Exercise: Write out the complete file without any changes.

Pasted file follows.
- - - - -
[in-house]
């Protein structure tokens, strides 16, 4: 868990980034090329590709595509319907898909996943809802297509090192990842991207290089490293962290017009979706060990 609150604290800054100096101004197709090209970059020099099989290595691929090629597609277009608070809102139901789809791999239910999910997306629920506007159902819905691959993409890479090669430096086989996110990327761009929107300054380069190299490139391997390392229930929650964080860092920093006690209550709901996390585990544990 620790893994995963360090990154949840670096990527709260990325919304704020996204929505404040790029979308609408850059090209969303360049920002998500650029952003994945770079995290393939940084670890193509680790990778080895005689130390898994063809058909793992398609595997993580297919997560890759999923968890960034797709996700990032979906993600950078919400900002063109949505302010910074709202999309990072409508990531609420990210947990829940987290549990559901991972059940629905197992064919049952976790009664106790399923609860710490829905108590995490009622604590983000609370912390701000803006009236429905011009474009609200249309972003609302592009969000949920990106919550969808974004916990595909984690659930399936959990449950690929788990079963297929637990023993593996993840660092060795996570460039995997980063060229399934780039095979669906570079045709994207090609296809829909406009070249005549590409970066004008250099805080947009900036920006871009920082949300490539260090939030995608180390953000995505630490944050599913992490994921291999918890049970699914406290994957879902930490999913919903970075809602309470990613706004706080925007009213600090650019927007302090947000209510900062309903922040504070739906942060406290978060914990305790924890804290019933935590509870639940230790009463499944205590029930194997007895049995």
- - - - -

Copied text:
[in-house]
């Protein structure tokens, strides 16, 4: 868990980034090329590709595509319907898909996943809802297509090192990842991207290089490293962290017009979706060990 609150604290800054100096101004197709090209970059020099099989290595691929090629597609277009608070809102139901789809791999239910999910997306629920506007159902819905691959993409890479090669430096086989996110990327761009929107300054380069190299490139391997390392229930929650964080860092920093006690209550709901996390585990544990 620790893994995963360090990154949840670096990527709260990325919304704020996204929505404040790029979308609408850059090209969303360049920002998500650029952003994945770079995290393939940084670890193509680790990778080895005689130390898994063809058909793992398609595997993580297919997560890759999923968890960034797709996700990032979906993600950078919400900002063109949505302010910074709202999309990072409508990531609420990210947990829940987290549990559901991972059940629905197992064919049952976790009664106790399923609860710490829905108590995490009622604590983000609370912390701000803006009236429905011009474009609200249309972003609302592009969000949920990106919550969808974004916990595909984690659930399936959990449950690929788990079963297929637990023993593996993840660092060795996570460039995997980063060229399934780039095979669906570079045709994207090609296809829909406009070249005549590409970066004008250099805080947009900036920006871009920082949300490539260090939030995608180390953000995505630490944050599913992490994921291999918890049970699914406290994957879902930490999913919903970075809602309470990613706004706080925007009213600090650019927007302090947000209510900062309903922040504070739906942060406290978060914990305790924890804290019933935590509870639940230790009463499944205590029930194997007895049995």